Geraldine Ferraro: Sweatshop Landlord

Long Hours, Low Pay, Rancid Conditions Are Commonplace at Senate Candidate's Building

A SOHO building partially owned by U.S. Senate candidate Geraldine Ferraro and managed by her husband, John Zaccaro, has housed 35 Chinese garment-manufacturing companies over the past few years--many of them nonunion and some apparently illegal.

While an attorney for the current tenants insists they are not sweatshops, a Voice investigation has uncovered an array of conditions identified with sweatshops: piecework pay; 15-hour days; seven-day work weeks; boarded-up windows; blocked exits; crowded, filthy facilities; gut-wrenching fumes; and fly-by-night corporate shells.

Many of these conditions were observed during a half-dozen Voice visits to the premises, one of which was made by experienced garment workers who are both fluent in Chinese and connected to a labor organization. As another indicator of the kinds of shops that have tenanted the building, UNITE, the merged union that represents most garment workers, says that 21 of the 35 businesses listed in phone or other records there have not been represented by it or its predecessor unions, the International Ladies Garment Workers or the Amalgamated Clothing and Textile Workers.

Revelations that a mob-tied pornography company occupied much of the same building undermined Ferraro's vice-presidential candidacy in 1984 and her last Senate race in 1992. That space is now filled with garment manufacturers.

The state Department of Labor could find no registration for 10 of the firms listed in the building at various times since 1988--meaning they may have operated illegally. DOL lists 10 more as ''out of business.'' One tenant, Forum Trading, has been cited by DOL for stiffing workers on overtime pay.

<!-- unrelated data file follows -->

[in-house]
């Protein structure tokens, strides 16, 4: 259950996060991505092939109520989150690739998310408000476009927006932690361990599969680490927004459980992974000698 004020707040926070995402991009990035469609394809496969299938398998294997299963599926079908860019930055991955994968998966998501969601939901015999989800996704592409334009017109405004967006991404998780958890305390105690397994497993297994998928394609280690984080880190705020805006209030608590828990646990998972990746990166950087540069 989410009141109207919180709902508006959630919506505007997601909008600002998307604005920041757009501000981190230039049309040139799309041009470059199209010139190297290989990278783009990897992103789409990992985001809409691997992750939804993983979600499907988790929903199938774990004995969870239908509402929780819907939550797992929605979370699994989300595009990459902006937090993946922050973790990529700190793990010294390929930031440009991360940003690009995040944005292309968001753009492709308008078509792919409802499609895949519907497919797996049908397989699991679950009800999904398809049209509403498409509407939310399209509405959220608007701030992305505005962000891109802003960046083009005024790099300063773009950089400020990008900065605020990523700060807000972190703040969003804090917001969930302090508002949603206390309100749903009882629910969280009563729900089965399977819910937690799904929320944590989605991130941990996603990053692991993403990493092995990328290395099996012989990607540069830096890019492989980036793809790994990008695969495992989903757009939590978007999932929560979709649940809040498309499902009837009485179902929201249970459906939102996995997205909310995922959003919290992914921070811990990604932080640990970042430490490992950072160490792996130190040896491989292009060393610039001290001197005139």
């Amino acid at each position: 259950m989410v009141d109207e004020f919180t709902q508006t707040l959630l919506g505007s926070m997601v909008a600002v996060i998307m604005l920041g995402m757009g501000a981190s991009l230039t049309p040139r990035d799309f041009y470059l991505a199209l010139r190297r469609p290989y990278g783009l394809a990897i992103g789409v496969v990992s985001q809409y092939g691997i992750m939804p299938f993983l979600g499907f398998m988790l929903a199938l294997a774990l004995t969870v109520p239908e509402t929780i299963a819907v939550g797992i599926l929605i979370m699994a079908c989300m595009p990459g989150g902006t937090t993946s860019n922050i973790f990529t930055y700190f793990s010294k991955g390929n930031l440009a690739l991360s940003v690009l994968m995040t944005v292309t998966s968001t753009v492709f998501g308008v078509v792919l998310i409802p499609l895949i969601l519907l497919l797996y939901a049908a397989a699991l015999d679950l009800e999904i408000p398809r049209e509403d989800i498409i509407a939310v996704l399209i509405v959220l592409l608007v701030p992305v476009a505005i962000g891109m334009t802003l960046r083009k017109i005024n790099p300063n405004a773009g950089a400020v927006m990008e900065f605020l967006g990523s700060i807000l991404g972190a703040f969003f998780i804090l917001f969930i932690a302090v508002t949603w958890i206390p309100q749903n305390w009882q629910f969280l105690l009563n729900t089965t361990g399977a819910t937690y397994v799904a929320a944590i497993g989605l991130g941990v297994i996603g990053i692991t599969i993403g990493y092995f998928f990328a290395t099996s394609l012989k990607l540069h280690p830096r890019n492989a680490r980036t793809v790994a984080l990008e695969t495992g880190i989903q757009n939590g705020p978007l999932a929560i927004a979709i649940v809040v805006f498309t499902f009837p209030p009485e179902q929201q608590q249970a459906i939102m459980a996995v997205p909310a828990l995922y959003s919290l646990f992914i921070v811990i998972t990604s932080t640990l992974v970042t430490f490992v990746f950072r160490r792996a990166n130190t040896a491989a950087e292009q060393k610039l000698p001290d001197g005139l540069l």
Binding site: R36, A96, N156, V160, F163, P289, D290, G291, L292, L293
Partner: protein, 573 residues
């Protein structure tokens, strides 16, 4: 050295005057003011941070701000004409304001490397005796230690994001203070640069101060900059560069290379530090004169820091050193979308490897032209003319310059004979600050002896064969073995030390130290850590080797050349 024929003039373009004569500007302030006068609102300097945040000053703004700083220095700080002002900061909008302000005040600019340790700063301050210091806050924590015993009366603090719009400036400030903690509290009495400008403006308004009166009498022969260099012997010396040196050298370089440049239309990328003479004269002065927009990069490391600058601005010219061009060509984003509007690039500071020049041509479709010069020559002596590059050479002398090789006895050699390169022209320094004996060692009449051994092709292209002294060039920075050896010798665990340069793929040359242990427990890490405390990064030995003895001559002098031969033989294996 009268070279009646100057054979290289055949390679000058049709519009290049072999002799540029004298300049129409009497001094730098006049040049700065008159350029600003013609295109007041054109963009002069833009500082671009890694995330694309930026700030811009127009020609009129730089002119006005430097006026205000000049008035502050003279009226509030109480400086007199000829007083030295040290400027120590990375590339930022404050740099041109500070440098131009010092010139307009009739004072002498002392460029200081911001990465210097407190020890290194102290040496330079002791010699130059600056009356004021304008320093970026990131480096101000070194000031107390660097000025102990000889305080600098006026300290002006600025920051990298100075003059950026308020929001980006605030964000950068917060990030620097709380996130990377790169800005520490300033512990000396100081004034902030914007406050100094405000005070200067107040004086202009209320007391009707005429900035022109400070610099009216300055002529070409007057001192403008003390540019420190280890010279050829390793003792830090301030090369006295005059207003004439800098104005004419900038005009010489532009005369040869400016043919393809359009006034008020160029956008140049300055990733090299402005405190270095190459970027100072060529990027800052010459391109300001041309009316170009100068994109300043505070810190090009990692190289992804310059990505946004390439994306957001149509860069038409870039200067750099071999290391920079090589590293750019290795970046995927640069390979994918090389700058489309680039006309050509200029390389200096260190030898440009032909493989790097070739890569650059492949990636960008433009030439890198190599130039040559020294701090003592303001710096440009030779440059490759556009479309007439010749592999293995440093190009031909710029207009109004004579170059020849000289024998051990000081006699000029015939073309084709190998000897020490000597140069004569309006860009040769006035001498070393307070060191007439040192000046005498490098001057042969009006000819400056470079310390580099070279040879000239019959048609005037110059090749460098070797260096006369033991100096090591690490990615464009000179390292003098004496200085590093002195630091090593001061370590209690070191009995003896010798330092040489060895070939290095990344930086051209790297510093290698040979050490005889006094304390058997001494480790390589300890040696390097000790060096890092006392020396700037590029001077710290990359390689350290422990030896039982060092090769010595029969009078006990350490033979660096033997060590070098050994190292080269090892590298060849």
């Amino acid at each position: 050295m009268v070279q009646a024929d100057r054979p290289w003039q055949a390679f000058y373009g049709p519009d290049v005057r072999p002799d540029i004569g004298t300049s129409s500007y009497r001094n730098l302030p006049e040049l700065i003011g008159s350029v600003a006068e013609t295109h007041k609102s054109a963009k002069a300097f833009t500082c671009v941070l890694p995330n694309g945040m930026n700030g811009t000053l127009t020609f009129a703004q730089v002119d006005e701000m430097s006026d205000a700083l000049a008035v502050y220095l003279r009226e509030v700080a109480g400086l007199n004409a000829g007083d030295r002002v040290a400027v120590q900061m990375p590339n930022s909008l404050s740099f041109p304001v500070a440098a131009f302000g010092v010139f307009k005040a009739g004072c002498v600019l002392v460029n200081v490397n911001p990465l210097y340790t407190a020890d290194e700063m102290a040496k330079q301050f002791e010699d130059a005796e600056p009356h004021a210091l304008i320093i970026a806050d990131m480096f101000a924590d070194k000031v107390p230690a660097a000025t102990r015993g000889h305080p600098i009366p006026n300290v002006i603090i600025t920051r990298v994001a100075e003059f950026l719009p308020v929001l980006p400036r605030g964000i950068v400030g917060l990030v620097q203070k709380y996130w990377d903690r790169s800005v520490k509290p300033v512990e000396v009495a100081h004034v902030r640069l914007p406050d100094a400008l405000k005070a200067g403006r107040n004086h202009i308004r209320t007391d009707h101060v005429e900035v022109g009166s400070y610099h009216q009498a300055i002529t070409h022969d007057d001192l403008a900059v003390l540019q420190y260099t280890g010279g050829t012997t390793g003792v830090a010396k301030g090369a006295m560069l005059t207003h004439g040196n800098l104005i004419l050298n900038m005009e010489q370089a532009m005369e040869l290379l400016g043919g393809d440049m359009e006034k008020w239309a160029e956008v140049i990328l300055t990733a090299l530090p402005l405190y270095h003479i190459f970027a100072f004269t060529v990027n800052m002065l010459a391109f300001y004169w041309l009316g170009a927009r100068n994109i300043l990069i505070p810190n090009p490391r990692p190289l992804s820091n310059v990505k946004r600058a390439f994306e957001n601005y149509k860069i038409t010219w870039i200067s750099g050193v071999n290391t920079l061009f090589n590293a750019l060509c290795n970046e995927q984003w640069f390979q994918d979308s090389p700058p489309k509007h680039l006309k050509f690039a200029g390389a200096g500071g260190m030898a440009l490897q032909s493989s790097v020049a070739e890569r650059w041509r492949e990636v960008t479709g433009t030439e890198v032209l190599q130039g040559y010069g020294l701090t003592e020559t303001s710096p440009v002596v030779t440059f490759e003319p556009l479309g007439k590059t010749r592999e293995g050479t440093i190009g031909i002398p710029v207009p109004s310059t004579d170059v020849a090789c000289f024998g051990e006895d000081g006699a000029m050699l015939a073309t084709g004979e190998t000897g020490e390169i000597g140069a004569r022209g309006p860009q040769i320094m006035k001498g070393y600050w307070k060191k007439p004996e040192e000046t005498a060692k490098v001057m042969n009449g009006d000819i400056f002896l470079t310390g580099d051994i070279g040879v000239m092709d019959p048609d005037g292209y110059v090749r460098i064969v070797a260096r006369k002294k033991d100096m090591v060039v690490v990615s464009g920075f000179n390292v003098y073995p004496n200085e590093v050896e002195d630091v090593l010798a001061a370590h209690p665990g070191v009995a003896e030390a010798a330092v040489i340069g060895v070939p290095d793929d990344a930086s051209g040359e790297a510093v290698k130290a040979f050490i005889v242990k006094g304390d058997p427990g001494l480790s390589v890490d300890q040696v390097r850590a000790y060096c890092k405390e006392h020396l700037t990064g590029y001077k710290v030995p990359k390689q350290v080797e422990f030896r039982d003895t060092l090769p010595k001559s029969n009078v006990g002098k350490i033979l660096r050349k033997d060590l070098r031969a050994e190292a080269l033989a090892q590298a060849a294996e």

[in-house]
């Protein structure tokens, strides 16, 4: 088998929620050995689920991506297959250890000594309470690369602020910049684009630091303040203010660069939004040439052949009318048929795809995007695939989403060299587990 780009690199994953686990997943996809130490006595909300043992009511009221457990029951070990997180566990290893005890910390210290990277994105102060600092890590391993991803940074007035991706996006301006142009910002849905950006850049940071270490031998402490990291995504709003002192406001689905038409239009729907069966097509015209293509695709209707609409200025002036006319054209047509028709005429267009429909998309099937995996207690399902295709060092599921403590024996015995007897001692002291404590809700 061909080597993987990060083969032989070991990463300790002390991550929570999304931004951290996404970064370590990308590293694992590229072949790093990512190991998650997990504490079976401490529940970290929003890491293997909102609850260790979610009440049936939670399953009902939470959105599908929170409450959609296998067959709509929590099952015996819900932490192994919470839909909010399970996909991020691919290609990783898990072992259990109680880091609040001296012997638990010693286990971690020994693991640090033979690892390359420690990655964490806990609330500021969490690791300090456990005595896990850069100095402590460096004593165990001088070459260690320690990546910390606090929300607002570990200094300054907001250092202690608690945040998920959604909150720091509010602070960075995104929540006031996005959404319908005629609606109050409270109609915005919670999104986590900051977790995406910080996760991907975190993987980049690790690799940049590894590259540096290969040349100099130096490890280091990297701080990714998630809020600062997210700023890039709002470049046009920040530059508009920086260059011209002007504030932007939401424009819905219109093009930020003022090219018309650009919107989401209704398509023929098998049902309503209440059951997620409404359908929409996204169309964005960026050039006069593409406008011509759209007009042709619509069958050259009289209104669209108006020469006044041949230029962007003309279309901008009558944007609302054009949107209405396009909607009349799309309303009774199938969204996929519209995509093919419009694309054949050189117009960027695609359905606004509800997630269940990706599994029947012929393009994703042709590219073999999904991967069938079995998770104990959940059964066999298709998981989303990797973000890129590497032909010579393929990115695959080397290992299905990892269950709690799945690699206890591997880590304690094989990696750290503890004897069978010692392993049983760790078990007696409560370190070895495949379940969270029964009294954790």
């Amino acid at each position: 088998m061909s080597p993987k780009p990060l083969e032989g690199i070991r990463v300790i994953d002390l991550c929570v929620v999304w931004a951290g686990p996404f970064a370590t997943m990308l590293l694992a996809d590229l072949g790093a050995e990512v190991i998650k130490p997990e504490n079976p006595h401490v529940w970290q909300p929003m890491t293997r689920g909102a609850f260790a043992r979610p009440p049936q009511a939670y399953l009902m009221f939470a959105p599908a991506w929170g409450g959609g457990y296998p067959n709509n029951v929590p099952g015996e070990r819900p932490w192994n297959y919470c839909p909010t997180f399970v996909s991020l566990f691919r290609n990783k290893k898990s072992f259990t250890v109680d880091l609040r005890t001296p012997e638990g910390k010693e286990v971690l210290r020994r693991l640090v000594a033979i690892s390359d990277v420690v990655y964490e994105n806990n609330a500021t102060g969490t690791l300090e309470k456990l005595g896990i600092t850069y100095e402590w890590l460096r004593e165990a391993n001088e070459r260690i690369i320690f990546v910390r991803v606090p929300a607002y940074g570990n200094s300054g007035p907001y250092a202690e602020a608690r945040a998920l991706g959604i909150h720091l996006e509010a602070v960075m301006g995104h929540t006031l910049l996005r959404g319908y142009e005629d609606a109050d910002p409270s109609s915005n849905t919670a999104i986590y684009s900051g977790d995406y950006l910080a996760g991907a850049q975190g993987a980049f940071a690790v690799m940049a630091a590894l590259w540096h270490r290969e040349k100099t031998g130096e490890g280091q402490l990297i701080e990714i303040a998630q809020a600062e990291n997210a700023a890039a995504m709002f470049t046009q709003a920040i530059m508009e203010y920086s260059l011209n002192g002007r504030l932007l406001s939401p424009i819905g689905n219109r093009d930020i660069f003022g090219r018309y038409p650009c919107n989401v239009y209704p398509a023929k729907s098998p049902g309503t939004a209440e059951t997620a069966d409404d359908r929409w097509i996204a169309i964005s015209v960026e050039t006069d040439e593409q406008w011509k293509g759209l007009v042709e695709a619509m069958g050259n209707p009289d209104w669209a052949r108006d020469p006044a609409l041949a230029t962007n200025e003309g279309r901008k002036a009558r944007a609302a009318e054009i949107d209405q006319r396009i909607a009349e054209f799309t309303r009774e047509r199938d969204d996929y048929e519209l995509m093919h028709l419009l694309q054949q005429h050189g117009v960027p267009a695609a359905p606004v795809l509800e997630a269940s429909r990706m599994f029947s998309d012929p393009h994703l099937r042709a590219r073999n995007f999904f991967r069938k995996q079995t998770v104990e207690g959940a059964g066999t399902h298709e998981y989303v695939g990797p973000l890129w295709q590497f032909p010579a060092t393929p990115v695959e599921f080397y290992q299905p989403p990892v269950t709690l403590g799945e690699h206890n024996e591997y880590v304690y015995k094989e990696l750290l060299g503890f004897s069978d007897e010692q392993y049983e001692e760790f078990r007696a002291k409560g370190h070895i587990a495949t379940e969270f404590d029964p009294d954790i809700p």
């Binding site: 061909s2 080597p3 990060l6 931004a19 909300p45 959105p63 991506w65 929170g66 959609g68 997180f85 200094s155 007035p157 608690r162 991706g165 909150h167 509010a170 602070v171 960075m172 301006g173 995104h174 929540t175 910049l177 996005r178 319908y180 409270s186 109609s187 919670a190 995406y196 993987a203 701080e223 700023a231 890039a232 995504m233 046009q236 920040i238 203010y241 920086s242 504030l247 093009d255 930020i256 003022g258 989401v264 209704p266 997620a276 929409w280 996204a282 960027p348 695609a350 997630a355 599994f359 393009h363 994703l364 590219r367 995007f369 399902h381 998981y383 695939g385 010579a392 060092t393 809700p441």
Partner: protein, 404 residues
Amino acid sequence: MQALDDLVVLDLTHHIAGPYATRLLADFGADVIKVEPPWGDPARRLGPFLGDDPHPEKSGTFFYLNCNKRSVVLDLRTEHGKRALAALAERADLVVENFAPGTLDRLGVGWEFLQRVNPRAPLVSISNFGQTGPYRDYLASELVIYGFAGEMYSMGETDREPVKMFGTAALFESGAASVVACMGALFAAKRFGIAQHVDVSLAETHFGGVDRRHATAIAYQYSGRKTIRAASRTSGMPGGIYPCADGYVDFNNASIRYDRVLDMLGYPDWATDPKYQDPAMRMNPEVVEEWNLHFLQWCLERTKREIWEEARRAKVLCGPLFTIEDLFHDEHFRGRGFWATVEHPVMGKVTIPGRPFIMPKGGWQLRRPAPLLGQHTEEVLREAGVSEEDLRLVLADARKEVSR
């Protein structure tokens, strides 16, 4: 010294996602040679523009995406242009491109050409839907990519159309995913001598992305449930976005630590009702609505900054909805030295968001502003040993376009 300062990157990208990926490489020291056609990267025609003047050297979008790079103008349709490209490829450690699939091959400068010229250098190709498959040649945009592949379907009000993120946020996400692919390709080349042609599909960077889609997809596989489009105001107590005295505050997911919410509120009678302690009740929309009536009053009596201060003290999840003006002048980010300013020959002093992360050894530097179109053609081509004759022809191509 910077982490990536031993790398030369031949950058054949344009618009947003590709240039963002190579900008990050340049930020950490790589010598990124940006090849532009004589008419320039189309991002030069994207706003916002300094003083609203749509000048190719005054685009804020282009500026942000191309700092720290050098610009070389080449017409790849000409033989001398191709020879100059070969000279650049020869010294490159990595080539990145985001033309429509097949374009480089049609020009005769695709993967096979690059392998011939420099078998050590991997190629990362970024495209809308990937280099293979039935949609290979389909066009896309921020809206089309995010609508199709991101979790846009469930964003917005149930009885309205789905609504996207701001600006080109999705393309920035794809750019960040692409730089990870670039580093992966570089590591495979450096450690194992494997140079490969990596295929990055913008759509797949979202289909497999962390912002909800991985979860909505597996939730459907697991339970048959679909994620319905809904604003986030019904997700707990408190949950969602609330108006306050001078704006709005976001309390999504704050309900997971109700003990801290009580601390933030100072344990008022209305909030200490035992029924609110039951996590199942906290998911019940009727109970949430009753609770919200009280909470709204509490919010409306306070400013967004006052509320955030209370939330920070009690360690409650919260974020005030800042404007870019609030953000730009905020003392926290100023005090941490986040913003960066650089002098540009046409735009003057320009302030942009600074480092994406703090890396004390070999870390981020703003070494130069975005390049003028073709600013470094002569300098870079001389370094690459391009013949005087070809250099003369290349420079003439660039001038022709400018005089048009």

U.S. Labor Department counsel David Saltz told the Voice that there is ''one open wage and hour investigation'' against a firm at the building. Saltz said he could not identify the company. Beyond difficulties with labor agencies, outstanding state tax warrants have been issued against nine of the constantly changing firms there, totaling $62,581.

The building itself also has had its share of problems--including at least 20 code violations and $4075 in city fines. An artists' co-op next door has filed a hotly contested lawsuit against the owners and tenants, alleging that toxic chemicals, including perc and benzene, are being emitted into a joint courtyard, and that the Zaccaro building is an industrial boombox, with a phalanx of ventilating fans droning until 1 a.m., even on weekends.

In addition to Ferraro's 25 per cent stake in the seven-story building, located at the corner of Lafayette and Broome streets (and known as 200 Lafayette and 418 Broome), she has long been a one-third owner of the firm that manages it: P. Zaccaro Company, her husband's family business. Ferraro has been running her Senate campaign out of P. Zaccaro's main office at 218 Lafayette, located on the same block. She has maintained an office at P. Zaccaro for years, served as a corporate officer, and obtained her health insurance from the company at least as recently as 1996.